Originally published at: https://boingboing.net/2020/09/29/in-his-spare-time-an-engineer-found-flaws-in-the-classic-book-a-million-random-digits.html

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Is there any system that could possibly be “gamed” by this knowledge? Hashes? Possible encryption backdoor?

It’s not that the digits in the book aren’t random, he says. They just don’t seem to be exactly the right digits in exactly the right order

So, they’re randomly random when he expects them to be precisely random?

Sure, if it’s known that a system utilizes the million random digits, it wouldn’t be that hard computationally if they’re used in a known sequence. This isn’t much more than an entropy generator when a more reliable and random source of entropy isn’t available.

Bro #1: “Hey Bro, I looked at this big collection of random numbers and concluded they aren’t arranged as I expected them to be.”

Bro #2: “Bro, maybe it’s because they’re random.”

Bro #1: “Duuuuuuuuuuude!”

i thought one of the points of a “million random digits” was that using a normal algorithm to generate *pseudo* random numbers isn’t good enough randomness… so how could you compare the million digits to a local matlab generation that’s based on pseudo random algorithms?

now… maybe if the commenter had used lava lamps?

i’d honestly be curious how they transcribed the digits. 1955 wasn’t well known for computerized typesetting. what a horrific task that must have been. how did they even verify and check for errors from their source?

I’m getting an “engineer thinking they’re good at everything” vibe from this. Has a mathematician who studies randomness weighed in? Real randomness is actually clumpy and weird, so if the engineer’s criteria was “even statistical distribution” as implied by the article summary, then this techbro needs to get back in his lane.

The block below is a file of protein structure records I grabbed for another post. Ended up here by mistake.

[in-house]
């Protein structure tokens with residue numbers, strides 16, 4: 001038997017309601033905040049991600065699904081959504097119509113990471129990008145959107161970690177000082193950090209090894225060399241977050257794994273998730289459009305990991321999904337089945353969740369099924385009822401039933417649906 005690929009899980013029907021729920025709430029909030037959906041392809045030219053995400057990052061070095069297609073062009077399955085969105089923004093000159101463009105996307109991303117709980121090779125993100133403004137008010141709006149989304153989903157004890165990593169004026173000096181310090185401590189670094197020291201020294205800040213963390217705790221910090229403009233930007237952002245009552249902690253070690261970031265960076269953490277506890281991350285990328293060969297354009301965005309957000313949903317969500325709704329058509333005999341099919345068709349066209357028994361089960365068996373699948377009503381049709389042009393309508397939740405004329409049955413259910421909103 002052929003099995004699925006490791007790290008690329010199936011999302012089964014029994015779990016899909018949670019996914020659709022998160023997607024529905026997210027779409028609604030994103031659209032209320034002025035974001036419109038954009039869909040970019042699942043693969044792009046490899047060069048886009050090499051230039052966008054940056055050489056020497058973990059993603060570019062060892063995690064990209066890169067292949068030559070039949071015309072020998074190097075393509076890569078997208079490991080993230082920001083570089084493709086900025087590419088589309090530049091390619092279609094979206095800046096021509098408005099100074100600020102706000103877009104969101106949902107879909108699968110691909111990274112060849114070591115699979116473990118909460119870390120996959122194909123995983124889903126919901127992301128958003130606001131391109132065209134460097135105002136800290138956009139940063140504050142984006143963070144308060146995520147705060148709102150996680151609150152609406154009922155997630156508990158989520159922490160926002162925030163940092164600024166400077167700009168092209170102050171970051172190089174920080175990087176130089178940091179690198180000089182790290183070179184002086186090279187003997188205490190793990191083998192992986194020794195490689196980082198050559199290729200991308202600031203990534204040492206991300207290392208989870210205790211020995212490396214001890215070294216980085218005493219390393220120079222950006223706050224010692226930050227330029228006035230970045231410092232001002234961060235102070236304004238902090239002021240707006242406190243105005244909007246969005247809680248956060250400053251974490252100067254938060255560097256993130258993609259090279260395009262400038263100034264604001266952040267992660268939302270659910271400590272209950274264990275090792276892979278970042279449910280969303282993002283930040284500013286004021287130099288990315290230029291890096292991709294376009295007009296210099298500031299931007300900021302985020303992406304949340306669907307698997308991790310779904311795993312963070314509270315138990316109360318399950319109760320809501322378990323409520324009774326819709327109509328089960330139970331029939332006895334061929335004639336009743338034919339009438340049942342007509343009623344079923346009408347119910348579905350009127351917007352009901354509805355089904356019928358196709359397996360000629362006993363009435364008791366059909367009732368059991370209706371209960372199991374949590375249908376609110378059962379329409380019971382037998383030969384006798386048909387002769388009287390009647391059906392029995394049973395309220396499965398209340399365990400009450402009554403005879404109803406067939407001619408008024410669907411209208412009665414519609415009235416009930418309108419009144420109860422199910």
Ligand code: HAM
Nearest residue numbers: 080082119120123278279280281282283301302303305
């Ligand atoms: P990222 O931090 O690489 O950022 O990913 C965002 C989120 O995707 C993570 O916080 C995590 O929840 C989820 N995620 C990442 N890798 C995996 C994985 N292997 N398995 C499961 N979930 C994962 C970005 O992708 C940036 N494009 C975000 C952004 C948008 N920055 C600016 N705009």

@frauenfelder - it is a foreword not a forward.

according to the book’s forward

Please fix. Thanks.

(I do have an official Pedant Pendant and it bugs me that the more other people see this incorrect usage the more we will then see it used and eventually nobody will know what a foreword actually is.)

*software engineer

I was told there would be no math…

Came looking for this, leaving satisfied.

it will be correct usage!

NEVER!!

while they are random, the order in which the digits are printed diverge from statistical probability

yeah! What’s the probability that that *particular* million digit integer would occur? It’s gotta be like a million to one.

(and yes, it would non-cutely closer to 10¹⁰⁰⁰⁰⁰⁰ to 1. which is a bit more unlikely)

Even worse than the disappointment this guy experienced is the fact that the issues he points out totally cause the plot to drag in the second act.

“It’s not that the digits in the book aren’t random, he says. They just don’t seem to be exactly the right digits in exactly the right order.”

It now appears that Little Orphan Annie’s secret message was, in fact, “BE SUPE TQ DRIMK MORV OVALTUNE.”

I’ve been saying that for years! Thank you!

The last quote from a commenter suggests that the “flaws” in the random digits are well within the expected deviation. I agree, sounds like another Very Smart Engineer who thinks they know better than the actual experts in the field.